Prophecy is a mediocre fantasy that would be appreciated well by those who are daunted by the other door stopper novels in this genre. Clocking at 312 pages, it had enough of the elements to consider the book as such but sadly not enough to make it a memorable piece of literature.
At the end of the day, it all goes down to the author’s inability to beef up her characters. They’re what you see is what you get and therefore hardly remarkable. This is unfortunate because the synopsis alluded to a very strong female character that had the power to save mankind. In fact, a lot of the hype surrounding this book had to do with her similarities to Katsa, Graceling’s main character. And I’m a fan of Katsa; Cashore developed her in such a way that she’s become one of the strongest female standard, in my opinion. Kira, however, didn’t really live up to it. Oh she can slay demons, I give you that. However, she’s not a very convincing character; she lacks heart and the chutzpah. It all comes down to writing, I suppose. I’m supposed to admire her because she is what she is. But that’s not how I fall in love with characters. It’s a process, you see. I need to see how she came to be; I need to feel how she felt.
I must say that Shin Bo piqued my interest. He’s Kira’s supposed betrothed but was in league with the bad guys. But because Oh didn’t really spend too much time developing her characters, the romantic elements in this book just made for an awkward read. I had so much hopes for these two because I’ve always been a fan of two strong clashing personalities who found it difficult to resist their attractions for one another. There’s also another guy in the picture but in all honesty, he’s not even worth the mention. Again, flatness abounds.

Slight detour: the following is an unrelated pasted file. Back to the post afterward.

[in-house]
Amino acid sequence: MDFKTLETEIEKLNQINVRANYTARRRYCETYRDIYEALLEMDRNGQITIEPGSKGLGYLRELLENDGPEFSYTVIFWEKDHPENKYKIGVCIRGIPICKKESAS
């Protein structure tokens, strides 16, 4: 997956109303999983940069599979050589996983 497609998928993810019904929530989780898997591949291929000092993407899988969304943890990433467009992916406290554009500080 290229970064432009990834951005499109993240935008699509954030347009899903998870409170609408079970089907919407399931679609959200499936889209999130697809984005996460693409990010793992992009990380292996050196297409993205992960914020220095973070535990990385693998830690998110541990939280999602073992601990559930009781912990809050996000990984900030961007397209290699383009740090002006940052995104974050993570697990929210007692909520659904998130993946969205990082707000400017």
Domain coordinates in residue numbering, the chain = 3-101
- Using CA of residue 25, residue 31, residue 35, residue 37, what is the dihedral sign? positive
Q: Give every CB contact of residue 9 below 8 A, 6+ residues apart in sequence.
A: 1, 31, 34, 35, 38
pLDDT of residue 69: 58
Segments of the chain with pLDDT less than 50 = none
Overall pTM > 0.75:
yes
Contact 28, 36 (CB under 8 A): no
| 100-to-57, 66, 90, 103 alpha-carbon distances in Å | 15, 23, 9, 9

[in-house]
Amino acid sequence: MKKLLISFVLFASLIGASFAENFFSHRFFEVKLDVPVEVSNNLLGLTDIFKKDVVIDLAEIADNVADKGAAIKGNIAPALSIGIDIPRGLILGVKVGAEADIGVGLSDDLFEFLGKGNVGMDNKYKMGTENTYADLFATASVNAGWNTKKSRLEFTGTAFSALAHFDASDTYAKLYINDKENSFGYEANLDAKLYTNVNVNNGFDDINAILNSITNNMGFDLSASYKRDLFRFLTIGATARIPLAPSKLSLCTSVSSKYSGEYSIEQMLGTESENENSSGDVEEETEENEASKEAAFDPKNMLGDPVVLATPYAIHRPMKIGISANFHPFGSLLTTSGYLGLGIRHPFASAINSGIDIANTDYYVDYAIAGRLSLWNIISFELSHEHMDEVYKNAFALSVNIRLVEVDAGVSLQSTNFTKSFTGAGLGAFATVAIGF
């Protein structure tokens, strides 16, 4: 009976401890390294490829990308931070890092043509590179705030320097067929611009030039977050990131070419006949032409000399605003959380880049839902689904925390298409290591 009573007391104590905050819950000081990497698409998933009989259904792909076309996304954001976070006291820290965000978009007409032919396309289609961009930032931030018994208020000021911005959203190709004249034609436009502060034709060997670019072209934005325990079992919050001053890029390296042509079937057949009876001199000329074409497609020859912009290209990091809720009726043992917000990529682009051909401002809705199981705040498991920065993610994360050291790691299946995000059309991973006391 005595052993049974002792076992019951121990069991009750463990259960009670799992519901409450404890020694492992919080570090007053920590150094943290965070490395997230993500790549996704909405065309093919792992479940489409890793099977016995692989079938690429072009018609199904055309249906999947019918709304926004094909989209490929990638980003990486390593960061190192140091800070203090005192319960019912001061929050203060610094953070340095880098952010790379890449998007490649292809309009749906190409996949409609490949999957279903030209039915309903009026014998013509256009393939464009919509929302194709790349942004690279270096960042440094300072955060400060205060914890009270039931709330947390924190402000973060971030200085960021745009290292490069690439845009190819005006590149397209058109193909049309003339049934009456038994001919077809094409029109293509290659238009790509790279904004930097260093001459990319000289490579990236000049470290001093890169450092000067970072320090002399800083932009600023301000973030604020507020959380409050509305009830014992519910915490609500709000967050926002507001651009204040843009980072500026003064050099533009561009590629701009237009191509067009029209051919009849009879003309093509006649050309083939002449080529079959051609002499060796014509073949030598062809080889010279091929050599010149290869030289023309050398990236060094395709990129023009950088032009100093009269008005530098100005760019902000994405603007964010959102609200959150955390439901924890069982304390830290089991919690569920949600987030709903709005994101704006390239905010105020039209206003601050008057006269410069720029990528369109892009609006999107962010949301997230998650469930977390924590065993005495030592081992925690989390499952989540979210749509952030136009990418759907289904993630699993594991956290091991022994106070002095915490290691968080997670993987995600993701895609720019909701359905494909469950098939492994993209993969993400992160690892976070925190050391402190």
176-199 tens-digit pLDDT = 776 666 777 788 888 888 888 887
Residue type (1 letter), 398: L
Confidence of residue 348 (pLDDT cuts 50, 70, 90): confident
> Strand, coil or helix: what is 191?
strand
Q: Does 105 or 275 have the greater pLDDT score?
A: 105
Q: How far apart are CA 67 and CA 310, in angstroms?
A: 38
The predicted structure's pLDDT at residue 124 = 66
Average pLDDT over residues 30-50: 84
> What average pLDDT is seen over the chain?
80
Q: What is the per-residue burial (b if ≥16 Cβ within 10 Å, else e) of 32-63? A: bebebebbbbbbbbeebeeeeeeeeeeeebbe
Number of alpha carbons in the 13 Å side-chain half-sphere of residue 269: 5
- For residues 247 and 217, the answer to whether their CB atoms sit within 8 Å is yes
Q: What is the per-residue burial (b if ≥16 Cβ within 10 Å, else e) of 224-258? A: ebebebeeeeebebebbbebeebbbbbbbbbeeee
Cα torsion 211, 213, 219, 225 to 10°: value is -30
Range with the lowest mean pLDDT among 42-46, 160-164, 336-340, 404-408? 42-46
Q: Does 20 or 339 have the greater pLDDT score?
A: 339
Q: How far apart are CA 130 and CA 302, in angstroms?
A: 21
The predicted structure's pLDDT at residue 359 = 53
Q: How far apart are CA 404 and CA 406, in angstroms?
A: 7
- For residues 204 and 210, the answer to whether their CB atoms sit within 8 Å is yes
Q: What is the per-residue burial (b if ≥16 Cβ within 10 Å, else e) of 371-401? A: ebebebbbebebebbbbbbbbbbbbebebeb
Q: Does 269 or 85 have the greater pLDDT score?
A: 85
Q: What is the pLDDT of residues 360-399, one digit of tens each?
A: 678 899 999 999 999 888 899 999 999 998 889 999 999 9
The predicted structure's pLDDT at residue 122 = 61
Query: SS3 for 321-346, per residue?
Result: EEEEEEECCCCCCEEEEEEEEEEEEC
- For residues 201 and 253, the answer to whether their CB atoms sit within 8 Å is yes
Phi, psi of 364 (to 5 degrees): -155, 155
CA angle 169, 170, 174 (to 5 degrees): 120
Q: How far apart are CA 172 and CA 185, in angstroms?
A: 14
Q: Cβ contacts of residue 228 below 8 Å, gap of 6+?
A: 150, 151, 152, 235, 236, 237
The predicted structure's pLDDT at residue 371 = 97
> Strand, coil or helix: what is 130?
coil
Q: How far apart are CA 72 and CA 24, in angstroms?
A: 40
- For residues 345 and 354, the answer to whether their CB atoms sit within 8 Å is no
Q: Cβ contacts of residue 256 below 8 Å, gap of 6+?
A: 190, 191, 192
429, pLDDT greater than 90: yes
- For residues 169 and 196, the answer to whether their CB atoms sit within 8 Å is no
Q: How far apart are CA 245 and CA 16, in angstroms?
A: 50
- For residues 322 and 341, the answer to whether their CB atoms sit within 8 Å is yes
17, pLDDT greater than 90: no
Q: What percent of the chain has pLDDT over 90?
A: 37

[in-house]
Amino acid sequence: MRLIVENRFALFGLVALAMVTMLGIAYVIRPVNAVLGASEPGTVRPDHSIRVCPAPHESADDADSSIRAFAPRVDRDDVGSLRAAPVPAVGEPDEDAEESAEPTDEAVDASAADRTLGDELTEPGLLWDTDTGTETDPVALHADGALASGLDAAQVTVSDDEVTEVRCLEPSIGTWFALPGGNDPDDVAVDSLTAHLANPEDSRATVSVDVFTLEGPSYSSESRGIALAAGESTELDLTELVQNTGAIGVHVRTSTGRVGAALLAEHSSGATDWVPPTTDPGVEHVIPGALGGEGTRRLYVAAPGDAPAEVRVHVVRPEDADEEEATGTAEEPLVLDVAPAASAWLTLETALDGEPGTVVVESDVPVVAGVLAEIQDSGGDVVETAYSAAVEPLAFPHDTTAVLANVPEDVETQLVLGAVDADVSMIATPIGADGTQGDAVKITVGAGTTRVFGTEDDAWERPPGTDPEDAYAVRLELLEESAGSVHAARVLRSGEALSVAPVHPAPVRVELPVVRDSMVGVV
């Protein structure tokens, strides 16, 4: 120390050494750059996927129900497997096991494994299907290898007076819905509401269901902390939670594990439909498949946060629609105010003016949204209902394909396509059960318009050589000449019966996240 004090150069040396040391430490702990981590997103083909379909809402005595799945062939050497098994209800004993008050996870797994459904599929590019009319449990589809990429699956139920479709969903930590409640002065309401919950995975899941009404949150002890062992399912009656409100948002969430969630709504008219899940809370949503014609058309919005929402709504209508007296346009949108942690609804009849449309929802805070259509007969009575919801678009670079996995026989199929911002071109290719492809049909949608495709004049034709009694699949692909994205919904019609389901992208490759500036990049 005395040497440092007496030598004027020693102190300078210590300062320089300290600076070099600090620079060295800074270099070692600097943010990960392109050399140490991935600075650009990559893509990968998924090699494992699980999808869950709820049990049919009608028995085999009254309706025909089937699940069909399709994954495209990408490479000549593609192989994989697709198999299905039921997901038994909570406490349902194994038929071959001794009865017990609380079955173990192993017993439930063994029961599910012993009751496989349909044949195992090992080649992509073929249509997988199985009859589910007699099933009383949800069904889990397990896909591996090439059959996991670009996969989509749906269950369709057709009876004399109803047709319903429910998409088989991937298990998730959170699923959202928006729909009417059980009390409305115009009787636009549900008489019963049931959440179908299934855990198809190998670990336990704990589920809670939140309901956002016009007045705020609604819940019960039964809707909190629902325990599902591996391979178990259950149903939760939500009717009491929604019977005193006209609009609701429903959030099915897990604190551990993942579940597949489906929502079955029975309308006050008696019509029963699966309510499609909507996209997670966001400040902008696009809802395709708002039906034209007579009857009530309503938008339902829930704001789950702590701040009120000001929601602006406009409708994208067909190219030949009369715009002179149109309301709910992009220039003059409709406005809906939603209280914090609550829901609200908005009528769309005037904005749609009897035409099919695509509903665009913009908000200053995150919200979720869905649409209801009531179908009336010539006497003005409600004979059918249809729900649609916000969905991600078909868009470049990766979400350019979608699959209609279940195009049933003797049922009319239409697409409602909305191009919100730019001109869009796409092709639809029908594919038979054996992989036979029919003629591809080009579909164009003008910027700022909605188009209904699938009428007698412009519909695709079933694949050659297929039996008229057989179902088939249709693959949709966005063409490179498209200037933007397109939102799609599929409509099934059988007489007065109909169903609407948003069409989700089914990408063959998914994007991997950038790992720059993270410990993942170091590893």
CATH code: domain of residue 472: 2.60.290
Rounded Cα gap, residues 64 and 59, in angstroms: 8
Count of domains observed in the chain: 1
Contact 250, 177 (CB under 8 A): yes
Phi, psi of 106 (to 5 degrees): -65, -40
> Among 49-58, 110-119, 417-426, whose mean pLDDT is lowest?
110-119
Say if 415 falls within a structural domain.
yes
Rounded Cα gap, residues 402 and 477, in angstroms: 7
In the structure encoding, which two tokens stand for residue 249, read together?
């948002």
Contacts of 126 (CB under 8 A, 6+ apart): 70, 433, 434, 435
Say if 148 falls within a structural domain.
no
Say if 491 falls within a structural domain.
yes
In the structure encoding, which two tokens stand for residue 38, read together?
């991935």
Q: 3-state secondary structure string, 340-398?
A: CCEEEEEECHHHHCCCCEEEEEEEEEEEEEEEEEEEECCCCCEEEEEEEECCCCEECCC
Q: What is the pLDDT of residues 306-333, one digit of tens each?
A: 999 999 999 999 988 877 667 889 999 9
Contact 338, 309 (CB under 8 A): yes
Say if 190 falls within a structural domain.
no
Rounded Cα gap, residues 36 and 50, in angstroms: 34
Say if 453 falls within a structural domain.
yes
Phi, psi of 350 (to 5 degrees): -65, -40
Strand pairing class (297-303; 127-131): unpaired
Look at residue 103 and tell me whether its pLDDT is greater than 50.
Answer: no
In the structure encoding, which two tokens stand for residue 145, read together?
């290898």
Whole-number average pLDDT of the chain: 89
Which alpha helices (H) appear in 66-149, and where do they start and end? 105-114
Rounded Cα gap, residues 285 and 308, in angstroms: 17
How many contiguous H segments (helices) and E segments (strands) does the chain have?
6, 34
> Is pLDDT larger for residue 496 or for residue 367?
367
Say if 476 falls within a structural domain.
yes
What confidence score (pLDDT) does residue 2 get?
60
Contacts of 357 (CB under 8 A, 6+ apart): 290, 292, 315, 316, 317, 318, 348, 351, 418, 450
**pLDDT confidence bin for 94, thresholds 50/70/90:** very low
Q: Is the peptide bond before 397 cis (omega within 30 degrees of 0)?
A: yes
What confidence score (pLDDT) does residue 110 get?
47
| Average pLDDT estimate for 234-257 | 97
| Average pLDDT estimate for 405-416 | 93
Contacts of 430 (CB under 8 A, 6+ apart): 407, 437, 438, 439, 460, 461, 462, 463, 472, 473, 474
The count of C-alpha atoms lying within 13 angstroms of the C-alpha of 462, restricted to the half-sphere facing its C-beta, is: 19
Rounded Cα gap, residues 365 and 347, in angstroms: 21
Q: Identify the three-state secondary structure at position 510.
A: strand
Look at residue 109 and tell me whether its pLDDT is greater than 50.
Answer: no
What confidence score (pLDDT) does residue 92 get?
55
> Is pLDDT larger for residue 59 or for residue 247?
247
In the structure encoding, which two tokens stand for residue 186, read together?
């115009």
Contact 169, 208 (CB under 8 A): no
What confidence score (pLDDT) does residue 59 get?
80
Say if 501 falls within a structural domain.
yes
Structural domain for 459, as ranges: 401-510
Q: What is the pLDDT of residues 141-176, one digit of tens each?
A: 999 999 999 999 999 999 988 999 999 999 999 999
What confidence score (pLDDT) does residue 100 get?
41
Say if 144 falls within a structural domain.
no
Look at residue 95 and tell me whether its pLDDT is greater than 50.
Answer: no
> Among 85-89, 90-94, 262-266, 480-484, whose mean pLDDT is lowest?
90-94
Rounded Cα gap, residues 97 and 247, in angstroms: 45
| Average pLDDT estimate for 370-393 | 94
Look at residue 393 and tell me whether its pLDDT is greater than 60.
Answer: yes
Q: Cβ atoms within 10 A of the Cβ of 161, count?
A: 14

I didn’t sense any urgency with their quest as well. It was as if the characters were following a step-by-step procedure written by the author. As much as I’d like to say her legends and myth were researched well, I can’t. I’m not going to pretend I know anything about Korean ancient world. I can only take her word for it. If I dismissed the fact that this book was based on an interpretation of that world, then I can truthfully say that it was well done.
There’s a wide-spread usage of Korean colloquialism in this novel that may hinder the readers from fully enjoying this book. Even though there was a glossary of terms to help us, it made for a choppy read because I ended up stopping just to find out what the word means.
In the end, I think this is one of those rare instances when I wished the book was longer than it was. It could’ve used a hundred more pages of substance, in my opinion.